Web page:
KT:The Sacred Cow of EPAK

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The Sacred Cow of EPAK
By JayWilson - 11-05-2014 12:15 PM
Originally Posted at: KenpoTalk

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Recently read in a discussion that, if I am teaching Ed Parker&#8217;s concepts and principles/methodologies of Kenpo, then I &#8220;am obligated&#8221; to teach the &#8220;full system&#8221; as laid out in Infinite Insights Volume 5.

I quickly confessed, Ifeel no such obligation whatsoever. I feel an obligation to seek his process, to look beyond the commercial model, to seek further refinement; I feel obligated as a teacher to instruct my students on how to effectively defend themselves using the Concepts and Principles set forth by Mr. Parker.

But no obligation for the &#8220;material of the system&#8221;. About a third of the techniques, out. Three quarters of the extensions, gone. The second level sets, bye. Category Completion? Naw.

Now, in past discussions, the argument has been made that, if I&#8217;m not teaching it as laid out in II-5, then I&#8217;m doing teaching Parker Kenpo. Well damn, I didn&#8217;t create these techniques, nor did I codify any of it.

By that argument, the folks doing the 16-tech-per-belt format aren&#8217;t doing Parker Kenpo either.

By that same argument, all the folks who don&#8217;t have Nunchaku Set aren&#8217;t doing Parker Kenpo either (isn&#8217;t that ALL of them)?

Now, if I may segue a short distance, I understand the semantics-based argument of &#8220;of course you aren&#8217;t doing Parker Kenpo, only Ed Parker did Parker Kenpo&#8221;&#8230;..we&#8217;re not talking about that.

I personally feel that &#8216;EPAK&#8217; has become something of a sacred cow and &#8216;Big Red&#8217; has become the Bible for many practitioners. Mr. Parker himself wasn&#8217;t done with his art, so who the Hell is anyone else to presume that it&#8217;s complete/finished/perfect/set in stone?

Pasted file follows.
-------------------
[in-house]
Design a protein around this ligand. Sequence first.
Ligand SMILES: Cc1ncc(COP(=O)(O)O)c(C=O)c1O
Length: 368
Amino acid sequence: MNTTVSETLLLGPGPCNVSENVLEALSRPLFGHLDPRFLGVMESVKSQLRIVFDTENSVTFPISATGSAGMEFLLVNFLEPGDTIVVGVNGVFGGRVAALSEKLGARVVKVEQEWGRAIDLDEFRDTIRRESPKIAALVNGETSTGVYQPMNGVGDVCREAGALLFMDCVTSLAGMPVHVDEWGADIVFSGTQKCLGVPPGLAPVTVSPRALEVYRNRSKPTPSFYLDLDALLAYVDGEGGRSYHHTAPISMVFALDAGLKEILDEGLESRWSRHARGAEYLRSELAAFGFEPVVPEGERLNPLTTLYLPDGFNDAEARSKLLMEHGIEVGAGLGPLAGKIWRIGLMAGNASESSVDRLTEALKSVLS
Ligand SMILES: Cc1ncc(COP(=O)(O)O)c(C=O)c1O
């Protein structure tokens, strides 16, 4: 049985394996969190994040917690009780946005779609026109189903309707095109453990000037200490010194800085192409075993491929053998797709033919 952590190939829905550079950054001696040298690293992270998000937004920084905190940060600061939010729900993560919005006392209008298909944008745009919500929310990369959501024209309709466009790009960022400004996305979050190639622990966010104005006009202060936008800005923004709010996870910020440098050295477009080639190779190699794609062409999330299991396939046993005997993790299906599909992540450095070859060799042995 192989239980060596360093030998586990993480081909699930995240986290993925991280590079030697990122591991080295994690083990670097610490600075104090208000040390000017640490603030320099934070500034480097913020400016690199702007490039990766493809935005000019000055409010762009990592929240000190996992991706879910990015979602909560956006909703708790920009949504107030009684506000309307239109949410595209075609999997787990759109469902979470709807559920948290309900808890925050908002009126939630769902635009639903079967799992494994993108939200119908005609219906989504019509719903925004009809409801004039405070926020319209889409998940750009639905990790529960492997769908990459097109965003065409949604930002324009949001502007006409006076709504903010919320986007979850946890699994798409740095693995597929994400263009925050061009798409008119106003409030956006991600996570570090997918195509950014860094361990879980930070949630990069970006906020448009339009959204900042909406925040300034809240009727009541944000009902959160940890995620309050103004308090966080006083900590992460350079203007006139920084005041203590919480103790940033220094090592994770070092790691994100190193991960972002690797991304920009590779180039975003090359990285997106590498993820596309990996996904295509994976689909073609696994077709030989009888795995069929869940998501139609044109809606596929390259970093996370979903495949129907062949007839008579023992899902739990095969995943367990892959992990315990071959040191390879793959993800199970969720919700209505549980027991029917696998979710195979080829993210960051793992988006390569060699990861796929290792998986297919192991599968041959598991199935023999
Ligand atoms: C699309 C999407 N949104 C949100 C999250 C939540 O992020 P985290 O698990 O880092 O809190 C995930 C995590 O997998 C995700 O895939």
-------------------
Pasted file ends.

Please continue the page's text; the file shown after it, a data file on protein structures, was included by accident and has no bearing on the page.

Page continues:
But what do I know? I&#8217;m merely a &#8220;lower ranked&#8221; black belt (as indirectly pointed out to me recently by an un-named tenth).


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stickarts

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Although we teach the whole system privately, our base group class curriculum does not. Most people like it, some dont. This has worked for us 20+ years now.
 

Takai

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The Sacred Cow of EPAK
By JayWilson - 11-05-2014 12:15 PM
Originally Posted at: KenpoTalk

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Mr. Parker himself wasn&#8217;t done with his art, so who the Hell is anyone else to presume that it&#8217;s complete/finished/perfect/set in stone?

I think this hits the point right there. My Kenpo lineage comes down through Steve Fox. And a lot of what I learned doesn't look the same as the later incarnations as Ed Parker continued to refine his "system". Does that mean that I didn't learn EPAK or that I learned an "inferior" version. I don't feel that way. Ed refined the way he taught the principles but, the principles really never changed. In the end it just comes back to the basics. Focus on those and everything else makes more sense. Just my .02.
 

stickarts